Black history celebration held in Tampa listen02/01/08 SeÃ¡n Kinane
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This morning, the city of Tampa celebrated the beginning of Black History Month with a program called â€œReaching Back, Moving Forward, Holding Up the Light.â€
The city of Tampa Black History Committee organized the 20th annual celebration at the Tampa Convention Center.
Several hundred people attended, including former Mayor Sandy Friedman and Tampa City Council Members Mary Mulhern, Linda Saul-Sena and Thomas Scott. Committee founder Bobby L. Bowden spoke about why he and others formed the Black History Committee 20 years ago.
The keynote address was by Hillsborough Community College history professor, Keith Berry. Berry took issue with something said by U.S. Rep. Ginny Brown-Waite, a Republican from Brooksville. In 2006 she said that not all Muslims are terrorists, but with the exception of Timothy McVeigh, all terrorists are Muslim.
Despite decades of progress, â€œinequities remain in the criminal justice system and society in general,â€ Berry said.
The celebration included speeches, poetry, awards and singing by Maurice Jackson. Mayor Pam Iorio spoke about why black history should be celebrated in Tampa. In doing so, she brought up the memories of slavery and a film co-sponsored by WMNF called Prince Among Slaves.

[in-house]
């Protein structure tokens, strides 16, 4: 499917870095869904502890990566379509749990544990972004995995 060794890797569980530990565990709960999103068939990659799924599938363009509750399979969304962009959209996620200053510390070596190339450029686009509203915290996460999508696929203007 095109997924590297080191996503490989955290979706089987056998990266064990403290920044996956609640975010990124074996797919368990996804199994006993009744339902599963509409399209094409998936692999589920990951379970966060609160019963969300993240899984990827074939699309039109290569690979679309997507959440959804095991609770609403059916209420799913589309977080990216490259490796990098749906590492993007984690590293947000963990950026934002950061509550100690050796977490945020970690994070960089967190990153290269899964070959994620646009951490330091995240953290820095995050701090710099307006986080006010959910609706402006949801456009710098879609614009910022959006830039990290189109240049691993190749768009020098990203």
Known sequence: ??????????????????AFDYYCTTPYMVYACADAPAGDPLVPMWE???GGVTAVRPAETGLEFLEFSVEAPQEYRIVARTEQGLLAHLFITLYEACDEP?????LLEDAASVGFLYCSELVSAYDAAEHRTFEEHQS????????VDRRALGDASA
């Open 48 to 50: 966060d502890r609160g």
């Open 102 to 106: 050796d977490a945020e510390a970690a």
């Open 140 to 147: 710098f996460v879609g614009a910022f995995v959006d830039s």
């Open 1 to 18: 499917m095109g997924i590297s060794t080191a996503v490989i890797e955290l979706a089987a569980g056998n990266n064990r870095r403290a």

Tampa City Council Chair Gwen Miller said children should take part in celebrations of Black History.
Several Thomas Edison Elementary School students informed people at the celebration about black historical figures. Kevin McCoy and Miracle Amos are fourth-graders at Edison and presented a poster about James Weldon Johnson. Edison fourth-graders Daisha Morgan and Regi Nelson chose Zora Neale Hurston.
On Tuesday, voters added property tax cuts to Floridaâ€™s Constitution, a move that will result in school boards across the state losing an estimated $1.6 billion over the next five years. School board member Doretha Edgecomb discussed how Amendment One would affect Hillsborough County Schools.
Edgcomb said Hillsborough County Schools would lose an estimated $83 million over the next five years because of Amendment One.
The Black History Committeeâ€™s next event is a Scholarship Gala on Feb. 29tin Ybor City.
Photo credit: SeÃ¡n Kinane/WMNF